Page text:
VANCOUVER, British Columbia - Biotech partnering can be like a game of Texas hold ’em, in which each player lays down his chips and hopes his two cards and the flop amount to a something as grand as a full house or royal flush.

Everybody wants a share of the pot, but in gambling, only one party wins.

It doesn’t have to be that way when a biotech company allies itself with pharma. The company might have a promising product and lots of intellectual property to protect it, but the three unknowns - development, regulatory action and marketing - can hold the company back from negotiating a good deal. But there’s a different, more lucrative (albeit more risky) model to consider: Biotech firms retaining co-development, co-promotion or profit-sharing rights or options, which can mean a larger share of the pot.

And it involves no bluffing - just straight, highly scrutinized contracts built by companies like San Francisco-based Cooley Godward LLP.

Partners at the firm discussed the details, risks and pitfalls, as well as the key advantages, to deal-making at the 4th annual BioPartnering North America Conference here last week.

"Why do these deals?" asked Barclay Kamb, a partner at the firm. "Because they do add complication. They do add risk."

But biotech companies often want experience with development and marketing, as well as "better economics" and more value, he said.

Wall Street has been placing higher value "more and more these days" on integrated companies, Kamb said, adding that the most attractive firms for investors are the ones that retain product rights and have top-line revenues.

But there are challenges to closing those types of deals. Pharmaceutical companies often do not want greater biotech involvement in later-stage development. And more importantly, "pharma does not need your money," said Jane Adams, a partner at Cooley Godward.

Another concern is the obligation factor. Once biotech enters a 50/50 co-development deal with pharma through Phase III trials, what happens if it can’t meet its end of the bargain?

Biotech may choose to have a hard-dollar cap on what it will fund, but a more likely scenario would be obtaining an opt-in or opt-out right, even if pharma expects in return a premium for its initial risk. Pharma may demand a sliding-scale royalty depending on the time and money put into development by the biotech company, but an opt-out right can protect a biotech company from the termination provisions of the contract.

A classic example of a co-development agreement was signed in the spring last year between Anadys Pharmaceuticals Inc., of San Diego, and Novartis Pharma AG, of Basel, Switzerland, to advance ANA975 and other Toll-like receptor 7 oral prodrugs for chronic hepatitis C and hepatitis B viruses. In that deal, worth up to $570 million, Anadys agreed to pay 19.5 percent of the global development costs, and it had a co-promotion option to retain 35 percent of U.S. profits by contributing 35 percent of commercialization costs. If it does not exercise the co-promotion option, it would receive high double-digit royalties on net U.S. sales. (See BioWorld Today, June 3, 2005.)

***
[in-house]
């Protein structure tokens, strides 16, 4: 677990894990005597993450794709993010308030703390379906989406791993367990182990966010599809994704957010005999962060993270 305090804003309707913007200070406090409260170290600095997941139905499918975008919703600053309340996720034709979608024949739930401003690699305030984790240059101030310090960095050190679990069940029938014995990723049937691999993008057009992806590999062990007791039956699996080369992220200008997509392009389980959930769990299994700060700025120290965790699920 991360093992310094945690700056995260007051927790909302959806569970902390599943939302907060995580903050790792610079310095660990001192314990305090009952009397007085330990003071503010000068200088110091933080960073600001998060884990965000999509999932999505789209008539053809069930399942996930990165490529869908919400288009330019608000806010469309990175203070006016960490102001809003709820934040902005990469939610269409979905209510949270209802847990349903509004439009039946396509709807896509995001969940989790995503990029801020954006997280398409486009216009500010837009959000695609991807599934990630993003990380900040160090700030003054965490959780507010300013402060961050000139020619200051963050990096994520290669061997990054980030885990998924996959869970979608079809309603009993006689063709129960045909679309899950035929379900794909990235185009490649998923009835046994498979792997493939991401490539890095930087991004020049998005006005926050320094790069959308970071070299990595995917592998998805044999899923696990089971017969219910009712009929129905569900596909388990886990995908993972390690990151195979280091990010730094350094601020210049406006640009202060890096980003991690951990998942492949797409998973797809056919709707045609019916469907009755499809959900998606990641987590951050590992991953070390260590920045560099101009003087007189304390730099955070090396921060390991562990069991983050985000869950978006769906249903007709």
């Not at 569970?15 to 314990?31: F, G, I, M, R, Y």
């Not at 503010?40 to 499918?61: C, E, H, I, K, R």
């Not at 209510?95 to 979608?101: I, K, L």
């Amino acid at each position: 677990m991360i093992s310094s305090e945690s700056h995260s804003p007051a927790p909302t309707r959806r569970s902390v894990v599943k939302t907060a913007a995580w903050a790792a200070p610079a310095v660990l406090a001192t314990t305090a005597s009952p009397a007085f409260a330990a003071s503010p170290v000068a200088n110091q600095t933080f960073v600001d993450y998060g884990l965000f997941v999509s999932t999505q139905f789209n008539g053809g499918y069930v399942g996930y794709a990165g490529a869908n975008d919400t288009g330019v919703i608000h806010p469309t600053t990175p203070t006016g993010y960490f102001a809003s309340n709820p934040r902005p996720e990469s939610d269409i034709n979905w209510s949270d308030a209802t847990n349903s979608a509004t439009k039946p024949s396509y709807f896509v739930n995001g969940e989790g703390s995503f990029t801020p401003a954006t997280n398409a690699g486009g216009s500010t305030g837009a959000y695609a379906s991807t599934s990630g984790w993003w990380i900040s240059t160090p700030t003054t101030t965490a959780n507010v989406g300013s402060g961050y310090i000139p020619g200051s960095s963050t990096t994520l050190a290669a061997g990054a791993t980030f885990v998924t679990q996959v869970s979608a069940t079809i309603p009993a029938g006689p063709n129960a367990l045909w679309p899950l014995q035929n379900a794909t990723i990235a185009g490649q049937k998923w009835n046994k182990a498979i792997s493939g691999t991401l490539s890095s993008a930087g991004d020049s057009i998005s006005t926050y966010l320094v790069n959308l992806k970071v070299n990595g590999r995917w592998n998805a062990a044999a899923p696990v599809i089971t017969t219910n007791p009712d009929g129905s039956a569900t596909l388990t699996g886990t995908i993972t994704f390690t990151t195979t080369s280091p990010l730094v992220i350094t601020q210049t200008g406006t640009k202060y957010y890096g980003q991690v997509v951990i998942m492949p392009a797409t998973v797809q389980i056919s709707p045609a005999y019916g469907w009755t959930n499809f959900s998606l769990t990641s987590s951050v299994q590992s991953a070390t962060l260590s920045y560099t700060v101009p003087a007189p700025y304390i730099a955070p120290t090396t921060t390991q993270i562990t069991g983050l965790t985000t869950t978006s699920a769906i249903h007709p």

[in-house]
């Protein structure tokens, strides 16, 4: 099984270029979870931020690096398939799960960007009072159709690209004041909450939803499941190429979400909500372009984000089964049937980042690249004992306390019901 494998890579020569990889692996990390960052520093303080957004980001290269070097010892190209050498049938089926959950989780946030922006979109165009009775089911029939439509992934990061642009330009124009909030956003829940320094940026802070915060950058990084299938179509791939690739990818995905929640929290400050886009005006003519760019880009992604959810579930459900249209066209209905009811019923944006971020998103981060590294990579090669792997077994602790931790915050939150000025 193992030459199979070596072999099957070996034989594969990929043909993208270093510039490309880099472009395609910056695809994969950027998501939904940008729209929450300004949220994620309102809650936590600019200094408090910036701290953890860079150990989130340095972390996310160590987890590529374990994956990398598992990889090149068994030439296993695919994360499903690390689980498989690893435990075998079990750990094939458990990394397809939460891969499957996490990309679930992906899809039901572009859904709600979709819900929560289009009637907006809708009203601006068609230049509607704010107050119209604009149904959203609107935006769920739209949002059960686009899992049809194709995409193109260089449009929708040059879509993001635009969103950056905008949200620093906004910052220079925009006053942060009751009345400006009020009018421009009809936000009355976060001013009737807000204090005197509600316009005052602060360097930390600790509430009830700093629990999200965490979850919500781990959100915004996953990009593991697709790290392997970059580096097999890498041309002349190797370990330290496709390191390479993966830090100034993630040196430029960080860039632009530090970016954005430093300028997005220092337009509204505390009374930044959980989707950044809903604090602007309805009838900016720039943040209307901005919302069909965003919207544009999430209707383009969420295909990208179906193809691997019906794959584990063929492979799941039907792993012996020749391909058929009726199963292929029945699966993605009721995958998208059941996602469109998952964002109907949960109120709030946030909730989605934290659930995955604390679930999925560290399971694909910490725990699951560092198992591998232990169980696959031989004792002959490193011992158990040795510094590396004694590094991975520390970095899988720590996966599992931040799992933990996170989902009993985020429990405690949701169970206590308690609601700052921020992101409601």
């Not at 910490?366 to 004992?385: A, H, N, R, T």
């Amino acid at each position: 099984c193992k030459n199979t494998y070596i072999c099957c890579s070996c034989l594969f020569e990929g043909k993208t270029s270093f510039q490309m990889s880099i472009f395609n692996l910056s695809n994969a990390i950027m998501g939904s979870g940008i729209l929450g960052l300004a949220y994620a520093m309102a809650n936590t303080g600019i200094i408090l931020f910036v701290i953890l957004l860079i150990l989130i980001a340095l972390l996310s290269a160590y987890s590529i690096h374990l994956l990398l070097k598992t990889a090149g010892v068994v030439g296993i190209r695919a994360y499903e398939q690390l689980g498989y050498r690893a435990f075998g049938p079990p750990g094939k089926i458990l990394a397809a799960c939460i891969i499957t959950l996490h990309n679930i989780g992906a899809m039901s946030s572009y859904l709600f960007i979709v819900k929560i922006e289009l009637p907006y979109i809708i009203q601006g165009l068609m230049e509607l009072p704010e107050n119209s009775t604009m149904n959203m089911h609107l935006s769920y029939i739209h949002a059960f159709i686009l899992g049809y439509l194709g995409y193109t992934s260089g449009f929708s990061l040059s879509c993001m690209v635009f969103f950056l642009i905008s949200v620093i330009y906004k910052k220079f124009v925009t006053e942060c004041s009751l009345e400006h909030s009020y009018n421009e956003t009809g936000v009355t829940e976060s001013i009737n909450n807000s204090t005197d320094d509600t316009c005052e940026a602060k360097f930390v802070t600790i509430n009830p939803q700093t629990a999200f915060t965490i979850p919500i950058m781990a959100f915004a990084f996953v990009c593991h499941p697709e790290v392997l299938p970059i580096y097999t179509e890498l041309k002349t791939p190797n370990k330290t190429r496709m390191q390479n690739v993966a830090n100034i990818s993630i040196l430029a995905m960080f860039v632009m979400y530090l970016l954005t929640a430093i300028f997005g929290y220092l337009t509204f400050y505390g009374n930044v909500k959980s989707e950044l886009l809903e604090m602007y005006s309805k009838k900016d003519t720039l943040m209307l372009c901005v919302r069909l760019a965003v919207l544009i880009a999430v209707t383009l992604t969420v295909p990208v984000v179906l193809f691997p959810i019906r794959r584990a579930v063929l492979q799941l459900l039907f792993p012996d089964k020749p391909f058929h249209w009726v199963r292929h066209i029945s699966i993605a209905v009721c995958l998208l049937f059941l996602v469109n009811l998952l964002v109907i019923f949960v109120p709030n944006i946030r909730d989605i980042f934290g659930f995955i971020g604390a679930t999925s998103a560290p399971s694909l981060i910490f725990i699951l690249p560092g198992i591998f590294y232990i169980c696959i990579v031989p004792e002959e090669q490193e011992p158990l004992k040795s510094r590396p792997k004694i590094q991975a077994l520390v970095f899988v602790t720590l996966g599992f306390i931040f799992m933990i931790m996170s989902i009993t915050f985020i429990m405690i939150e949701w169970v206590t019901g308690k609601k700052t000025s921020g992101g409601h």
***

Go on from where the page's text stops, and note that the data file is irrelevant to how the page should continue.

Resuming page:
But biotech firms choosing to co-develop must consider how it will fund those costs. Pharma may provide the answer with an equity investment or a loan or credit facility, sometimes offering forgiveness of the debt on achievement of certain milestones.

Anadys did not receive an equity investment in its deal with Novartis, but did get a $20 million initial license payment and is entitled to a potential $550 million in regulatory and commercial milestone payments. At the time the deal was signed, Anadys said it would not need to finance operations for at least 24 months.

Considering Sales Force?

There’s an important point to consider with those types of arrangements, said Cooley Godward Partner Marya Postner.

"A sales force is not necessarily an asset," she said. "You need to have enough assets to make a sales force viable."

As in co-development negotiations, however, an opt-in approach to co-promotion may be the way to go, considering Wall Street seems to reward options as much as rights in this area, she said, stressing that a right "is an obligation."

Wall Street loved the Anadys deal, and the company’s stock (NASDAQ:ANDS) shot up 23.8 percent, or $1.61, the day it was announced, to close at $8.37. Friday it closed at about $11 per share.

The most ideal co-promotion arrangement for biotech is when the costs come off the top line of product revenue. If a company has to support 25 percent of the sales force before receiving any money, it needs to "pre-negotiate the ability to get out of the co-promotion option," Kamb said.

But a major advantage to co-development and co-promotion often is profit-sharing, assuming the risk pays off.

Unfortunately for companies opting out of co-development and co-promotion, the "fallback" position often is royalties, said Ken Krisko, an associate at Cooley Godward.

If a biotech company manages to get profit-sharing rights, it has to consider the costs associated with the rights, the costs for sales forces, manufacturing, process development, plant start-ups and product launches. Initially, the company may only see losses.

"Those losses can be significant. They can take many, many years to recover," Krisko said.

A contract should map out exactly how those costs will be shared, and biotech firms should consider another thing: Pharma often requires terminating provisions in case a competitor acquires the biotech company.

"These are complicated structures," Kamb said. "Be careful."

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